The West’s favorite Russian opposition figure has called for the EU to sanction pro-Kremlin ‘oligarchs’. Alexey Navalny doesn’t appear to be against all ‘oligarchs’ though, just those he feels are supportive of Vladimir Putin.
In a European Parliament hearing last week, the activist argued that the Russian people would welcome punishing the ‘kleptocracy’ that he says has thrived under Putin.
The anti-corruption campaigner was speaking to members of the EU’s Committee of Foreign Affairs during an “exchange of views with representatives of the Russian political opposition.” Despite the title, no members of Russia’s largest opposition parties – the nationalist LDPR, communist KPRF or leftist Fair Russia – were present at the virtual discussion. Instead only pro-Western figures, with almost uniformly similar liberal views, were involved in the event.
They included Vladimir Kara Murza Jr., a lobbyist at the US-government funded Free Russia Foundation, set up to “inform” American policy makers on the country; Vladimir Milov, a former deputy minister of energy, now closely allied to Navalny; and Ilya Yashin, a municipal deputy of the Krasnoselsky district of Moscow. Yashin is the only one of the four who actually holds an elected position.
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To be clear, the issue of how many Russian billionaires acquired and spent their wealth is one worth debating, yet this attempt to place Navalny on the side of the Russian people and Putin among a criminal class is simply absurd, given the history.
Putin and the oligarchs
The rise of the 1990s oligarchs is commonly referred to as a “criminal revolution” in Russia. The US-sponsored shock therapy in the post-Soviet period produced disaster privatization where the huge natural resources wealth of Russia ended up in the pockets of a handful of incredibly rich men.
The US was motivated to ensure the legacy of the Soviet Union was permanently dismantled. But the great irony is that extreme socio-economic disparity was the main reason for the Bolshevik Revolution in 1917.
The oligarchs seized control over the economy and incrementally asserted dominance over the media and the political system. Capital flight became an immense problem as the oligarchs transferred the wealth to their new residencies in the West rather than investing the money at home. Soon, this became a national security threat as the oligarchs were courted by the US and UK, which meant that Russia was heading toward a quasi-colonial status.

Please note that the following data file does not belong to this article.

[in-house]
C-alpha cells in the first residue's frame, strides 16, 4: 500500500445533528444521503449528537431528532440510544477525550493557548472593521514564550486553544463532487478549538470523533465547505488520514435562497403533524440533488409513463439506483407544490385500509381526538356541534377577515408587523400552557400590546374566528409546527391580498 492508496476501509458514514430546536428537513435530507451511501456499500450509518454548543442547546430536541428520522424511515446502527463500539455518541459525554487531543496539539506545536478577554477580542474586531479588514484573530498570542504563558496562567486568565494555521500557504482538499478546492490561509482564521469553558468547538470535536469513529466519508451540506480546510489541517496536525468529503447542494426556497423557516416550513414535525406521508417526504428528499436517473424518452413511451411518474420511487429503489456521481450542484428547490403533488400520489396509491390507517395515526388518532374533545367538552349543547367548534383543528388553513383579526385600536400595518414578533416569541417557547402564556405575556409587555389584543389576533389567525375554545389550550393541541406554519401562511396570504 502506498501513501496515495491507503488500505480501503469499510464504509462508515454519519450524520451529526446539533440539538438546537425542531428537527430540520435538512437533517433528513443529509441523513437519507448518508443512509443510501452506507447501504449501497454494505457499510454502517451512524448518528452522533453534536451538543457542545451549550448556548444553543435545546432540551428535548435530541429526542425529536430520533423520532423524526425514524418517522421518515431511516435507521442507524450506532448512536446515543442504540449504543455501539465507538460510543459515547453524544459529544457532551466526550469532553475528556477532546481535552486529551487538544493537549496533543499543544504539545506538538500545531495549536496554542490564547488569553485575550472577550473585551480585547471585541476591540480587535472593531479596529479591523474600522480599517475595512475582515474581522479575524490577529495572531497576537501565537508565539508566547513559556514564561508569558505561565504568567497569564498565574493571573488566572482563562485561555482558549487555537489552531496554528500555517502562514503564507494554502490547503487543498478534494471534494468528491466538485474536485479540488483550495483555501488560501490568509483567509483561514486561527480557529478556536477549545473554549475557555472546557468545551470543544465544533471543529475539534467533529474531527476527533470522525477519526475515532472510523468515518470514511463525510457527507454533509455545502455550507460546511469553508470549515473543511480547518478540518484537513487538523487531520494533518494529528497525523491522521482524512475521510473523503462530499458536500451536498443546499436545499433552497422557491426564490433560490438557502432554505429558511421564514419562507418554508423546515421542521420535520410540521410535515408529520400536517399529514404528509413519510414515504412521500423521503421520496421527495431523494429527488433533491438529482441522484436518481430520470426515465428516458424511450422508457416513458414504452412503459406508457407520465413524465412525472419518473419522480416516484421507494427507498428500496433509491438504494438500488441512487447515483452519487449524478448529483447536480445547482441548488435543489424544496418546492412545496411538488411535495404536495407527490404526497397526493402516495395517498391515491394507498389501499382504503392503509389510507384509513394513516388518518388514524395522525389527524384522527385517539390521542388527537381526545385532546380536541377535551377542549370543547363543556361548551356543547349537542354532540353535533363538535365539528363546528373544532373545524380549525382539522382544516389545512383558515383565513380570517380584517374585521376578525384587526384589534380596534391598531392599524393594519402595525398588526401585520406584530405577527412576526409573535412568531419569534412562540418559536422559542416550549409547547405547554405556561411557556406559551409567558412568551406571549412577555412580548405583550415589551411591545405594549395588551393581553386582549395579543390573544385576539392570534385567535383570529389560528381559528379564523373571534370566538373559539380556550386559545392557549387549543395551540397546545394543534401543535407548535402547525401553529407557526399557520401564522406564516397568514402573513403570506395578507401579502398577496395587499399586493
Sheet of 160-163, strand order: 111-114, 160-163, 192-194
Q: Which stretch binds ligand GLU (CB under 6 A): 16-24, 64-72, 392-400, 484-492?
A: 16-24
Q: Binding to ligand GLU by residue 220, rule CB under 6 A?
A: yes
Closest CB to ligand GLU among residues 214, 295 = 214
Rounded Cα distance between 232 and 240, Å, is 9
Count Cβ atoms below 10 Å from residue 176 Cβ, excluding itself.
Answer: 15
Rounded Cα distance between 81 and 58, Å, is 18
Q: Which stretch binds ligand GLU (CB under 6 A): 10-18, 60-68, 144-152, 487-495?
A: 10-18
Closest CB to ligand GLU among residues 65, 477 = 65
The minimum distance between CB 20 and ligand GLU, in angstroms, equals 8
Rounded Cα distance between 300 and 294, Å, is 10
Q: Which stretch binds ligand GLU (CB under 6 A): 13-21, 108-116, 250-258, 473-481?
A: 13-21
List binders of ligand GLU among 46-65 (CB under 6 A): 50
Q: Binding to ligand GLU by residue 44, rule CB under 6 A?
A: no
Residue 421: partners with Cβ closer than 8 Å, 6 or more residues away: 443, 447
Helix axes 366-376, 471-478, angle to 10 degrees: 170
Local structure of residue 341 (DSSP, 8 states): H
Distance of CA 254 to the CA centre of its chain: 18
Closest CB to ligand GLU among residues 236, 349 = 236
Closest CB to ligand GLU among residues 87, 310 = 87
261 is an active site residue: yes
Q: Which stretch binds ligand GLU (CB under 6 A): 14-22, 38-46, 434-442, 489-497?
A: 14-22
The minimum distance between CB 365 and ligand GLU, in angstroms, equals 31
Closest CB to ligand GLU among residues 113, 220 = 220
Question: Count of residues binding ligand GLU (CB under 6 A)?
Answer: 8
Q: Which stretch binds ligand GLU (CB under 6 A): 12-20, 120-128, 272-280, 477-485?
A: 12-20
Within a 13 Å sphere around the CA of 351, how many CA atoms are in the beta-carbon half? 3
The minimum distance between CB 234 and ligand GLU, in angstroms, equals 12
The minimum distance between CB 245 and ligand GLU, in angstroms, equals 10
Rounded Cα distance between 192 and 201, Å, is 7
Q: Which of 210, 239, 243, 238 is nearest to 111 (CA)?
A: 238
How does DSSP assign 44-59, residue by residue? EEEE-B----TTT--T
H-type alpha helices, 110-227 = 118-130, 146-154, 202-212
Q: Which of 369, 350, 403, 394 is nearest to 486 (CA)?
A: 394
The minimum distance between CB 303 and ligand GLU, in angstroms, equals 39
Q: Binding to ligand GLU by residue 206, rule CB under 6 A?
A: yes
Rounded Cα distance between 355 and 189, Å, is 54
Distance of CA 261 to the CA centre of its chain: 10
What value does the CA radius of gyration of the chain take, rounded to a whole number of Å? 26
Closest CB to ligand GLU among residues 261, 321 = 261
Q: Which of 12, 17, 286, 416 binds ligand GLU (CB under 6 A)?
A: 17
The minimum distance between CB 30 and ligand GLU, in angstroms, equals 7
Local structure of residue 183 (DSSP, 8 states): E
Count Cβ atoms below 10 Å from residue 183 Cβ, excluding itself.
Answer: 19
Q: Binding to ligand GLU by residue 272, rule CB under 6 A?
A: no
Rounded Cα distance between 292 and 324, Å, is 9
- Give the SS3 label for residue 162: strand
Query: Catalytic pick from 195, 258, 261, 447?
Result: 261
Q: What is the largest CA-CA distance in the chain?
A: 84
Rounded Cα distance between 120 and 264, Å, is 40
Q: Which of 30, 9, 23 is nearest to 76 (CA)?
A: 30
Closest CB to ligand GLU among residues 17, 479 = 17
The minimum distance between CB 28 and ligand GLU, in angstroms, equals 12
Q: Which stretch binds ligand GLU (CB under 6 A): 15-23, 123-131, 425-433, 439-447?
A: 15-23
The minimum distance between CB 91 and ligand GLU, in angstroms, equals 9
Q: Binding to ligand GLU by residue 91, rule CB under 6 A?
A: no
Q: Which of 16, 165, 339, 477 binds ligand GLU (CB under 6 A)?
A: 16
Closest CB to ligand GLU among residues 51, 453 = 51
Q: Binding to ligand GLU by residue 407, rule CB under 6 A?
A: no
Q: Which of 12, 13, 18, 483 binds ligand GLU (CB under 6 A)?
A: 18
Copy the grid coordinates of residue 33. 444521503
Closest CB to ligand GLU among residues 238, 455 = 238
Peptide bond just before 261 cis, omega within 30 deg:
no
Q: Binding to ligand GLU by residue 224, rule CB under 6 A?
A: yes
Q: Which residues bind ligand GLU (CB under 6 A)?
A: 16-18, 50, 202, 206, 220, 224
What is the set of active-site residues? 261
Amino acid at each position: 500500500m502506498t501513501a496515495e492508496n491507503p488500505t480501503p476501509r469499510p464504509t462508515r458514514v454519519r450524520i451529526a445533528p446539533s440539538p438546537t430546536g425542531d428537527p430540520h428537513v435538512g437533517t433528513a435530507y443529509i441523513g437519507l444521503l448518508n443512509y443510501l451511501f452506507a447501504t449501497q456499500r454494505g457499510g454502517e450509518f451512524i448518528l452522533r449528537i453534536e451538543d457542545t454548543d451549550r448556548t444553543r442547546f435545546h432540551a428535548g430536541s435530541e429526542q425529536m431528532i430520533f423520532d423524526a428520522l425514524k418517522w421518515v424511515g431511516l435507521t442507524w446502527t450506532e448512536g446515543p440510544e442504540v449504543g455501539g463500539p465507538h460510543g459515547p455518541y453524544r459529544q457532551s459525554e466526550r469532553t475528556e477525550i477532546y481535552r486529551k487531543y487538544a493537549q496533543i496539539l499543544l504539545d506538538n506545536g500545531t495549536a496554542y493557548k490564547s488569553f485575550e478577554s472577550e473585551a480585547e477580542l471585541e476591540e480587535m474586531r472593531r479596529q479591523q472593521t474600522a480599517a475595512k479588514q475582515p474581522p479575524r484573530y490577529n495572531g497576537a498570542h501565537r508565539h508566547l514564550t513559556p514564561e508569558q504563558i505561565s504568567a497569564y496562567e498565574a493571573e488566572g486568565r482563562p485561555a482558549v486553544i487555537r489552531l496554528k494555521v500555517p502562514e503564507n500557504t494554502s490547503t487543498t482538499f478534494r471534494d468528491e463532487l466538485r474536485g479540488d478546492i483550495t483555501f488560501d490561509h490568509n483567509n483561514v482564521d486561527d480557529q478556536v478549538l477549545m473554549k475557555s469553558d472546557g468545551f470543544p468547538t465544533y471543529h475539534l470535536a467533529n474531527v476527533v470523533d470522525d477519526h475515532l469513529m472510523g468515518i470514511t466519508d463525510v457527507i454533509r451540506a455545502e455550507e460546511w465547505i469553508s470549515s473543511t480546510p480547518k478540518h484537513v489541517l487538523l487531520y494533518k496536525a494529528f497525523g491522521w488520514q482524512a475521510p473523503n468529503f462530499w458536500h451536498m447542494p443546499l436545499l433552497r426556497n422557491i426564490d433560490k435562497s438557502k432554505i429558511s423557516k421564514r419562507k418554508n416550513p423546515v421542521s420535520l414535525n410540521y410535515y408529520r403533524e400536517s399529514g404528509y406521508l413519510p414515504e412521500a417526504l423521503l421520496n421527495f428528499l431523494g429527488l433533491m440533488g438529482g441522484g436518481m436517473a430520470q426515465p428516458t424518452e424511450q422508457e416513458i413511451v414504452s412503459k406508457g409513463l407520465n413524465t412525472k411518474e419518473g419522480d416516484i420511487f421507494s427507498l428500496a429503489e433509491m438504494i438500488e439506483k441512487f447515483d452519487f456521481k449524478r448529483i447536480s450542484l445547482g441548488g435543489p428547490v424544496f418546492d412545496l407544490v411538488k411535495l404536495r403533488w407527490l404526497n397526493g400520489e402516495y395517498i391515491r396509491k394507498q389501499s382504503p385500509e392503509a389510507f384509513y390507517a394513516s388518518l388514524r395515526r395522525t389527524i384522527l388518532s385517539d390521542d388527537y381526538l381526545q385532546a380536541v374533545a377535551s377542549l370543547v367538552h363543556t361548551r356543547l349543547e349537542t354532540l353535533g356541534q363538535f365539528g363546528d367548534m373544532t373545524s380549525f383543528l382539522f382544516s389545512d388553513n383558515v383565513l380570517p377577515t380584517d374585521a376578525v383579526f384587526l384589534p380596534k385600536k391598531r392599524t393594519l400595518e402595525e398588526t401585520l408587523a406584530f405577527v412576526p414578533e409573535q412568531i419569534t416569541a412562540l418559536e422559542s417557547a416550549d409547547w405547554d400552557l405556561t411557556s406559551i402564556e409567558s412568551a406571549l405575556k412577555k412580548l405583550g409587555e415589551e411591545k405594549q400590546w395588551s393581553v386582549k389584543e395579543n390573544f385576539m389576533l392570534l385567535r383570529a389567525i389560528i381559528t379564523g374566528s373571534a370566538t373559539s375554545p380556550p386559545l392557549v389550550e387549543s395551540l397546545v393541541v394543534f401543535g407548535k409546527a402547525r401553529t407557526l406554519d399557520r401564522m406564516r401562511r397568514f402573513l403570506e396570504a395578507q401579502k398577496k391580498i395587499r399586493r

When Putin came to power, he announced that the primary task was to eliminate the oligarchic class. However, seizing all their assets and redistributing it was deemed too revolutionary, extreme and destabilizing. Instead, Putin argued the oligarchs would be held accountable for their crimes in the 1990s if they did not rescind their influence over politics.
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Subsequently, oligarchs supporting the elected government were left alone, while the oligarchs seeking to become an alternative pole of political power were held accountable for their crimes in the 1990s. Russia’s richest oligarch with political aspirations, Mikhail Khodorkovsky, was arrested in 2003 before he could sell a major share of his oil empire to ExxonMobil and Chevron-Texaco. Western powers dutifully provided eventual exile and protection for defiant oligarchs such as Berezovsky and Gusinsky who were valued for their anti-Kremlin stance.
The US and UK were outraged that “their” Russian oligarchs were pushed out of politics, while a large portion of the Russian people was upset that all oligarchs had not been held accountable, given Russia continues to have a great wealth disparity.
Poverty reduced by half during Putin’s first term alone and a large middle class emerged. Credited for bringing Russia up from its knees and escaping external control, Putin has ever since enjoyed approval ratings that other world leaders can only dream about. However, the West never acknowledged that Putin had prevented Russia’s collapse and instead began demonizing the Russian president as an enemy of the Russian people.
Supporting the Russian people?
The notion that Navalny and the EU will collectively support the Russian people is very flawed. In 1917, Germany brought Lenin into Russia to install a more favorable government that would pull the Russians out of the First World War. Germany’s top army commander reported to its Foreign Office that: “Lenin’s entry into Russia was a success. He is working according to your wishes.”
Indeed, the effort to “liberate” another people from their political leadership has remained the modus operandi for almost every disastrous war in the post-Cold War era. (RT)
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